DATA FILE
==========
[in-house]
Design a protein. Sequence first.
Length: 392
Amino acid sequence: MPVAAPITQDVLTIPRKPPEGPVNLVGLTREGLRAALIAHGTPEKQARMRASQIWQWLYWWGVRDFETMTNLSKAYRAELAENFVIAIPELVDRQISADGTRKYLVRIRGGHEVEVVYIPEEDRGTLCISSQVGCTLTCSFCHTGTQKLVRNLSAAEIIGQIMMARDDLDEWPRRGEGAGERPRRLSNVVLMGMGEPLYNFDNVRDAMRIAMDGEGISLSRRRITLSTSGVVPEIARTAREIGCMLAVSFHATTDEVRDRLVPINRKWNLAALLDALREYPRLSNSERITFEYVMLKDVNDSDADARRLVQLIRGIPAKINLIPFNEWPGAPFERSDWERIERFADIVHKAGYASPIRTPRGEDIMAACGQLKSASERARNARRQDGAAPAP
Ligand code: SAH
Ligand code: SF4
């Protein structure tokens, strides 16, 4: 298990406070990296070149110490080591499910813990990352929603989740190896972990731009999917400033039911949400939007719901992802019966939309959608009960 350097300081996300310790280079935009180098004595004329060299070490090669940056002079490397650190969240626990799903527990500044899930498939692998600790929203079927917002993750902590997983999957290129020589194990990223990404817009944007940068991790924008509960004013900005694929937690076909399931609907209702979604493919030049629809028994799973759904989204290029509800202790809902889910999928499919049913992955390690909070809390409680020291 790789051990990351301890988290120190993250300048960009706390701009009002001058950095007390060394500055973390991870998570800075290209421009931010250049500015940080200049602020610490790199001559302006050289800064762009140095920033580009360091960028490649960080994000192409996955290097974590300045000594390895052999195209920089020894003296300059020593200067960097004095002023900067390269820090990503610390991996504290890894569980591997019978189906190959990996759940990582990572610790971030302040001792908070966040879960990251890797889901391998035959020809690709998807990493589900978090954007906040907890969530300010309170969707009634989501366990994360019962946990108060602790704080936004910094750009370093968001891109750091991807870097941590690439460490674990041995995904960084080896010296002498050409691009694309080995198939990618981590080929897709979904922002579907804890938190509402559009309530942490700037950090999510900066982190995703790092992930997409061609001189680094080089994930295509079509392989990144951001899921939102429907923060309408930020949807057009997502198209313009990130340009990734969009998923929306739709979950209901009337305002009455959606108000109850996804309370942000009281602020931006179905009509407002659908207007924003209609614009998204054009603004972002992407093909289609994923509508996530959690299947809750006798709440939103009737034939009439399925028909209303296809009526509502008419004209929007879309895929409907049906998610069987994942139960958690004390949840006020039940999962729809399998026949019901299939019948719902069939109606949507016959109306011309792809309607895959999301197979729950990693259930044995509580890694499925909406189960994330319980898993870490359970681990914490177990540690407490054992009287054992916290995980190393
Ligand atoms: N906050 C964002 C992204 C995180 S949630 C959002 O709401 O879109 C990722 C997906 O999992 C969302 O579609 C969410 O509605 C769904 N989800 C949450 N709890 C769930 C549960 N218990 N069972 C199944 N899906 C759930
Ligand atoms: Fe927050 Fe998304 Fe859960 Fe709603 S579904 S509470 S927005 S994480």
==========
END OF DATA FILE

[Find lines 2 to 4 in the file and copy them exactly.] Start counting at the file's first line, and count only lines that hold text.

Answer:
Design a protein. Sequence first.
Length: 392
Amino acid sequence: MPVAAPITQDVLTIPRKPPEGPVNLVGLTREGLRAALIAHGTPEKQARMRASQIWQWLYWWGVRDFETMTNLSKAYRAELAENFVIAIPELVDRQISADGTRKYLVRIRGGHEVEVVYIPEEDRGTLCISSQVGCTLTCSFCHTGTQKLVRNLSAAEIIGQIMMARDDLDEWPRRGEGAGERPRRLSNVVLMGMGEPLYNFDNVRDAMRIAMDGEGISLSRRRITLSTSGVVPEIARTAREIGCMLAVSFHATTDEVRDRLVPINRKWNLAALLDALREYPRLSNSERITFEYVMLKDVNDSDADARRLVQLIRGIPAKINLIPFNEWPGAPFERSDWERIERFADIVHKAGYASPIRTPRGEDIMAACGQLKSASERARNARRQDGAAPAP